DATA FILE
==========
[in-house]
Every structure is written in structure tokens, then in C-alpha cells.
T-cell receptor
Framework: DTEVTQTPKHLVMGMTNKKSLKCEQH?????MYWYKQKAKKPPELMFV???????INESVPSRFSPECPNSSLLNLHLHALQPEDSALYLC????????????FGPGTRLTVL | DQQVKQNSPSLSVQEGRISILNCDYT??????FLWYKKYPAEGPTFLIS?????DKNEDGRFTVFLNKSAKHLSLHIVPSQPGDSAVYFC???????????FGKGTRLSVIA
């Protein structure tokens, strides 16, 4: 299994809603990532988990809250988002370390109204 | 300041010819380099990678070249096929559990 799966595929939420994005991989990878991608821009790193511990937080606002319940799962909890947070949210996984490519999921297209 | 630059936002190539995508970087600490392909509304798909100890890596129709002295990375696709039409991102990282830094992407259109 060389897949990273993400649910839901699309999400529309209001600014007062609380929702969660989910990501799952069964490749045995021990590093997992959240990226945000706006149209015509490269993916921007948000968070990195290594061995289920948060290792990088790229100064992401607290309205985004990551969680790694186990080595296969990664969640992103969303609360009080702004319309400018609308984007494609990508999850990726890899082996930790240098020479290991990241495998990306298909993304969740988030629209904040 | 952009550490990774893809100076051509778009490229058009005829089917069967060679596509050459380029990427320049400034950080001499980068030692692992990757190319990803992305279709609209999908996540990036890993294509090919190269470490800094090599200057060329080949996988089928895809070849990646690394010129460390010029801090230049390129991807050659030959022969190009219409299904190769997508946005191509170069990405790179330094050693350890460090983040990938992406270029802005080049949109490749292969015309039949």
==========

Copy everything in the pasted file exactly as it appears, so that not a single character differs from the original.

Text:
[in-house]
Every structure is written in structure tokens, then in C-alpha cells.
T-cell receptor
Framework: DTEVTQTPKHLVMGMTNKKSLKCEQH?????MYWYKQKAKKPPELMFV???????INESVPSRFSPECPNSSLLNLHLHALQPEDSALYLC????????????FGPGTRLTVL | DQQVKQNSPSLSVQEGRISILNCDYT??????FLWYKKYPAEGPTFLIS?????DKNEDGRFTVFLNKSAKHLSLHIVPSQPGDSAVYFC???????????FGKGTRLSVIA
């Protein structure tokens, strides 16, 4: 299994809603990532988990809250988002370390109204 | 300041010819380099990678070249096929559990 799966595929939420994005991989990878991608821009790193511990937080606002319940799962909890947070949210996984490519999921297209 | 630059936002190539995508970087600490392909509304798909100890890596129709002295990375696709039409991102990282830094992407259109 060389897949990273993400649910839901699309999400529309209001600014007062609380929702969660989910990501799952069964490749045995021990590093997992959240990226945000706006149209015509490269993916921007948000968070990195290594061995289920948060290792990088790229100064992401607290309205985004990551969680790694186990080595296969990664969640992103969303609360009080702004319309400018609308984007494609990508999850990726890899082996930790240098020479290991990241495998990306298909993304969740988030629209904040 | 952009550490990774893809100076051509778009490229058009005829089917069967060679596509050459380029990427320049400034950080001499980068030692692992990757190319990803992305279709609209999908996540990036890993294509090919190269470490800094090599200057060329080949996988089928895809070849990646690394010129460390010029801090230049390129991807050659030959022969190009219409299904190769997508946005191509170069990405790179330094050693350890460090983040990938992406270029802005080049949109490749292969015309039949």